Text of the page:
// Set the prefix
const prefix = "!";
client.on("message", (message) => {
// Exit and stop if it's not there
if (!message.content.startsWith(prefix)) return;
if (message.content.startsWith(prefix + "ping")) {
message.channel.send("pong!");
} else
if (message.content.startsWith(prefix + "foo")) {
message.channel.send("bar!");
}
});

The changes to the code are still simple. Let's go through them:

  • const prefix = "!"; defines the prefix as the exclamation mark. You can change it to something else, of course.

  • The line if(!msg.content.startsWith(prefix)) return; is a small bit of optimization which reads: "If the message does not start with my prefix, stop what you're doing". This prevents the rest of the function from running, making your bot faster and more responsive.

  • The commands have changed so use this prefix, where startsWith(prefix + "ping") would only be triggered when the message starts with !ping.

The second point is just as important as having a single message event handler. Let's say the bot receives a hundred messages every minute (not much of an exaggeration on popular bots). If the function does not break off at the beginning, you are processing these hundred messages in each of your command conditions. If, on the other hand, you break off when the prefix is not present, you are saving all these processor cycles for better things. If commands are 1% of your messages, you are saving 99% processing power...

OK I'm sorry, I'm bullshitting a little. It's not 99%, that is an exaggeration. It is, however, true that you save a ton on processor and RAM power.

Preventing Botception

We're pretty much done with the basic bot. There's one last thing that I want to talk about: bots answering each other. Let's pretend for a moment that you have two bots on your server and each can respond to the same prefixed command, !help. But when that command is called, it replies: !help commands: Type !help followed by one of the following to see details: ping , foo.

Now, one person types !help in a channel, and both bots respond. But, they will also see the other bot saying !help commands: [...], will see that as a request for help, answer each other... in an infinite loop. To prevent that from happening, we can add a second condition inside our message event handler, right below the one that checks for the prefix:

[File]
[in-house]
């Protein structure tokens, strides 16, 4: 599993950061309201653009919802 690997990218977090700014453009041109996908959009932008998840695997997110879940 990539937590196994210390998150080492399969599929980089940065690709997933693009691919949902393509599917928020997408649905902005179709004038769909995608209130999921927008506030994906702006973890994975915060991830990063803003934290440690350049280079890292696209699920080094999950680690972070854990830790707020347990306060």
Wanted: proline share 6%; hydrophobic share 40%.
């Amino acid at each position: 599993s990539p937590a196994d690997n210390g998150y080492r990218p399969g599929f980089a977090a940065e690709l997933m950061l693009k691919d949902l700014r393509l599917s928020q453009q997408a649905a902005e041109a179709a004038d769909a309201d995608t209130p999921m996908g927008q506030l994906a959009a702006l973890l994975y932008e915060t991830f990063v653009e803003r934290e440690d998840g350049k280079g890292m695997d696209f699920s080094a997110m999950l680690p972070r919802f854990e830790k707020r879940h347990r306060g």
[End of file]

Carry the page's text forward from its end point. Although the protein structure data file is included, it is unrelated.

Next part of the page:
const prefix = "!";
client.on("message", (message) => {
// our new check:
if (!message.content.startsWith(prefix) || message.author.bot) return;
// [rest of the code]
});

That condition contains an OR ( || ) operator, which reads as the following:

If there is no prefix or the author of this message is a bot, stop processing. This includes this bot, itself.

And now, we have a bot that only responds to 2 commands and does not waste any power trying to figure out anything else. Is this a complete basic bot? Sure! So let's end this page here and we'll take a look at some new concept next.

The full bot code would now be:

const Discord = require("discord.js");
const client = new Discord.Client();
// Set the prefix
let prefix = "!";
client.on("message", (message) => {
// Exit and stop if the prefix is not there or if user is a bot
if (!message.content.startsWith(prefix) || message.author.bot) return;
if (message.content.startsWith(prefix + "ping")) {
message.channel.send("pong!");
} else
if (message.content.startsWith(prefix + "foo")) {
message.channel.send("bar!");
}
});
client.login("SuperSecretBotTokenHere");

Every time I see that SuperSecretBotTokenHere, I cringe a little. See, it's not good practice to have tokens and auth stuff in your code, it really should be in a separate file! Head on over to Adding a Config File and let's get this done.